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Aims and objectives

  1. To introduce the material, cultural and political history of Greece and Rome from (roughly) 1000 BC to AD 400.
  2. To develop the practice of historical interpretation through close reading of documentary and literary texts.
  3. To introduce students to the variety of critical approaches possible in the study of Greek and Roman history and to current trends in modern historiography.
  4. To understand and explain change and diversity, political, social, economic and cultural, across the two major ancient civilisations which form the basis of Western culture.


Scope and structure of the examination paper 2021–22

The syllabus is based around the following topics: The Early History of Rome and Greece; Ruling the Roman Empire: from Augustus to the Severans; and Sparta.

The examination paper will consist of ten questions. Question 1, which is compulsory, will consist of nine images or passages of ancient text, given with translation, three relating to each of the topics above; candidates must comment on any three. Questions 2–10 will consist of essay-questions divided into three sections, each section containing three questions relating to one of the three topics listed above. In addition to Question 1, candidates will be required to answer two essay questions, each taken from a different section. Candidates will thus need to be familiar with at least two of the three topics.


Course descriptions



(12 L : Michaelmas, weeks 1-6)

Sparta poses significant challenges to the historian. After the archaic poets Alkman and Tyrtaios we have no Spartan authors. After a rich production of bronzework, painted pottery, ivories and other fine craftsmanship during the archaic period, Classical Sparta is materially impoverished. Yet Classical Sparta not only led the other Greeks to victory over the Persians in the Persian Wars but constituted the main resistance to imperial Athens, turning the Peloponnesian league into the basis for a Spartan empire following the defeat of Athens in 403. But Spartan imperial power was short-lived, and after the 360s Sparta was little more than a minor power. How far was this a product of Sparta’s political structure, and what relationship did that political structure have with an exceptional social structure where agricultural production rested with a subordinated population of helots, and craft production to communities of free perioikoi  dependent on Sparta? Understanding both Sparta’s strength and why that strength was so ephemeral must be achieved on the basis of the partial and distorted views offered by other Greeks.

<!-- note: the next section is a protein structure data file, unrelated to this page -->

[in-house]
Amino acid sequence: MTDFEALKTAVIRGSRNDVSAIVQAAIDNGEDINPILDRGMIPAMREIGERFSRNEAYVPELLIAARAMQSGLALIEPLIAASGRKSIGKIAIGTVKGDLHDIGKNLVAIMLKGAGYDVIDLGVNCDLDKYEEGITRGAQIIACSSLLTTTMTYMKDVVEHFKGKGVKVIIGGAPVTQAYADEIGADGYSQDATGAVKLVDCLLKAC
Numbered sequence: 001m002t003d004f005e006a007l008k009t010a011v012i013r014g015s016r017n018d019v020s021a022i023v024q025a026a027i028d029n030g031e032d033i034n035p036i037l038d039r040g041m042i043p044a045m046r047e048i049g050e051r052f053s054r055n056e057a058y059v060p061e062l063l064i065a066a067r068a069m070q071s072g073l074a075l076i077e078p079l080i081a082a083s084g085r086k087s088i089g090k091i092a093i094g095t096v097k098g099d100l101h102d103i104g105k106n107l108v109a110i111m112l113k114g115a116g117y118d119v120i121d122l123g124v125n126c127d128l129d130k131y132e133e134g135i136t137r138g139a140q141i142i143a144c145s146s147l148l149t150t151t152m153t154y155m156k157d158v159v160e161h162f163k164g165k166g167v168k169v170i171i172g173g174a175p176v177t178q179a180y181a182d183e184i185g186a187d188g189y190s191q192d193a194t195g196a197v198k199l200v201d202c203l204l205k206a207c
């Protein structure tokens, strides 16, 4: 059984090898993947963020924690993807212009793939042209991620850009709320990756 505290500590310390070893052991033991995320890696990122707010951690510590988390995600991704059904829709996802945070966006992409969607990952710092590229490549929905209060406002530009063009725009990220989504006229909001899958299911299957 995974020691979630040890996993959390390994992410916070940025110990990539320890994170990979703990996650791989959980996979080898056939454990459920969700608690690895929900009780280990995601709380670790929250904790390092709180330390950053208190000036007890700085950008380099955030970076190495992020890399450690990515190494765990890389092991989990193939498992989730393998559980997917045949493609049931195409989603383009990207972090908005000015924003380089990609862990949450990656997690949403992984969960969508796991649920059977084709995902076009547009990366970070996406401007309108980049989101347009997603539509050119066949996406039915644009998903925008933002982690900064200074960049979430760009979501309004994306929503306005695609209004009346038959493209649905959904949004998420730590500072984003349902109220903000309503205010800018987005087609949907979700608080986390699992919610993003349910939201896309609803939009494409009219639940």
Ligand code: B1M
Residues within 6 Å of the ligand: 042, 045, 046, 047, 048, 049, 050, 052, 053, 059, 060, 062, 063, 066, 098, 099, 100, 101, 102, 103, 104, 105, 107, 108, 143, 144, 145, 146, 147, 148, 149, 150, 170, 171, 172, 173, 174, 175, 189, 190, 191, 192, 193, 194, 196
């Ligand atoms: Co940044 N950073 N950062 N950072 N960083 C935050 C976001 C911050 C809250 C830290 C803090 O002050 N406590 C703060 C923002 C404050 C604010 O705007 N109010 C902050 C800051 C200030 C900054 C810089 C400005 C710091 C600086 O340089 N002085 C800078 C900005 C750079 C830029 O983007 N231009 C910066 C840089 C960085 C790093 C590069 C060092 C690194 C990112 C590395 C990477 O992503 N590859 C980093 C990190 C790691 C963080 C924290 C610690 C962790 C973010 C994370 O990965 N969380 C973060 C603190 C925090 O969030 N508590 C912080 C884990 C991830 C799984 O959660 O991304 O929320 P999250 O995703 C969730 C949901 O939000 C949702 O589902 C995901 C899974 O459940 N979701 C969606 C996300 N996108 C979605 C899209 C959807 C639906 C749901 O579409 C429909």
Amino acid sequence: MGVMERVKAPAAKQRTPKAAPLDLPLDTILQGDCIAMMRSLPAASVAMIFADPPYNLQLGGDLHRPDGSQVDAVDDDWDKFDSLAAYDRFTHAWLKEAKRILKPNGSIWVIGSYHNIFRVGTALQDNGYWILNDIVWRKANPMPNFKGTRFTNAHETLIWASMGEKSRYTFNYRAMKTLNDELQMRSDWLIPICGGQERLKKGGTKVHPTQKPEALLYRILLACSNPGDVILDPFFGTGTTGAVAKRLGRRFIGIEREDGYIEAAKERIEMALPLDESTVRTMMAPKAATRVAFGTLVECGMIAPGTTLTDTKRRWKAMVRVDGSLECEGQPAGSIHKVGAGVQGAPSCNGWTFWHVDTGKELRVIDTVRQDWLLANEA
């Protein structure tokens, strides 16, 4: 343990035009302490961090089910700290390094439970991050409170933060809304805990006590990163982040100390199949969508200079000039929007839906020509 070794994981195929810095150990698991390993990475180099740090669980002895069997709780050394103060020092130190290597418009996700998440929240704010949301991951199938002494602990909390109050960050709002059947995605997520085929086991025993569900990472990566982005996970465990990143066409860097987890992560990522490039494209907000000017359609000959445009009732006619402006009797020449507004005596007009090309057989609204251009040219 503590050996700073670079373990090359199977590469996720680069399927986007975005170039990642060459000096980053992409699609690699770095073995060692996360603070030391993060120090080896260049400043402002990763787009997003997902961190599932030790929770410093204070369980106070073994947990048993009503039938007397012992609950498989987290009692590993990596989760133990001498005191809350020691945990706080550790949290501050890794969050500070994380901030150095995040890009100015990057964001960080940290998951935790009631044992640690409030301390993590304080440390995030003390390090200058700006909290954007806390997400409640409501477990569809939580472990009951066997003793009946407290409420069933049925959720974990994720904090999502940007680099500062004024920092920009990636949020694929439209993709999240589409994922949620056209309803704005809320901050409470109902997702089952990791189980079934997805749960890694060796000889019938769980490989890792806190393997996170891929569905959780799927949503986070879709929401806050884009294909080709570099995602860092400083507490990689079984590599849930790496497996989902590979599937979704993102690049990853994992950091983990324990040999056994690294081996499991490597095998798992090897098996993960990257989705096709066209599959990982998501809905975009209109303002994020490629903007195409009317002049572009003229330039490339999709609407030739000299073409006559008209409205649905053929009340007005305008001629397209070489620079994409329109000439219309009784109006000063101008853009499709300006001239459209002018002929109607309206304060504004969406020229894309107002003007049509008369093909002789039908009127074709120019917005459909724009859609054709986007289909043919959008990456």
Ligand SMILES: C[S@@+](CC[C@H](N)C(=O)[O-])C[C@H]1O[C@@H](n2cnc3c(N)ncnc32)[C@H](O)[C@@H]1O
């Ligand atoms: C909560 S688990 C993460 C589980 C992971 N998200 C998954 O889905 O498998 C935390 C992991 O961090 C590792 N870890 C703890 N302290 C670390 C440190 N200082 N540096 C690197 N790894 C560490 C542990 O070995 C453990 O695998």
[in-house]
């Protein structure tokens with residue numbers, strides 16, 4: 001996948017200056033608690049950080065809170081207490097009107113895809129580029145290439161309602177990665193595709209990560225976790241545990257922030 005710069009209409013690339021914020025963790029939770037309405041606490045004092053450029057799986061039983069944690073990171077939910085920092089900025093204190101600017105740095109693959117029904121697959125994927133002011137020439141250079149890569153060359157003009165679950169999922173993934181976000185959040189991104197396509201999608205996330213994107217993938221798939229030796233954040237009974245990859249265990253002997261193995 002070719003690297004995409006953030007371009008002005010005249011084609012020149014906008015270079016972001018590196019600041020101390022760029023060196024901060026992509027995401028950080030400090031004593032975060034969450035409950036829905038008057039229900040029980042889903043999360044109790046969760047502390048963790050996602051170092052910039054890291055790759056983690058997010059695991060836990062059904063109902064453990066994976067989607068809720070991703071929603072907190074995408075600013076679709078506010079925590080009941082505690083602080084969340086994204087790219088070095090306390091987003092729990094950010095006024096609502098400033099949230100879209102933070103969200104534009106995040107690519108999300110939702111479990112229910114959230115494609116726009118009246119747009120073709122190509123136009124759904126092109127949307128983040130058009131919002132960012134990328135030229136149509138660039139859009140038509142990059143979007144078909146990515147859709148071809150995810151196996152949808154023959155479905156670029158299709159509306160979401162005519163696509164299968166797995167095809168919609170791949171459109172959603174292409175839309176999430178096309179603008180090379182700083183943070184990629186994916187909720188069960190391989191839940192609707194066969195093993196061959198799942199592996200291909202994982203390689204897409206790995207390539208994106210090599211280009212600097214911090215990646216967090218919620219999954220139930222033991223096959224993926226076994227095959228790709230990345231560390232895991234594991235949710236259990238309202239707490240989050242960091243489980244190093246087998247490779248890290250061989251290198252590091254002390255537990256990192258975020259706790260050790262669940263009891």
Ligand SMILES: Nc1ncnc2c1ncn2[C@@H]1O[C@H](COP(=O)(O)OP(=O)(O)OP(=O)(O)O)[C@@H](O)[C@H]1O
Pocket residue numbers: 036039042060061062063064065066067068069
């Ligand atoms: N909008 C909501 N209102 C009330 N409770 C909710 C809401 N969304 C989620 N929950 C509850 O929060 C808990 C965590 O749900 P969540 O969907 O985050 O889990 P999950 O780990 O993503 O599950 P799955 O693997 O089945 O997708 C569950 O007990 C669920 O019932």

This course is concerned with how we can put together a picture of archaic and classical Sparta and how we can understand the remarkable trajectory of Spartan history. The twelve sessions will deal with:

1          Lykourgos and the problems of the ‘Spartan mirage’

2          The archaeology of archaic Sparta

3          The world of Tyrtaios and Alkman

4          Sparta, the Peloponnese and the wider world to 525.

5          Kleomenes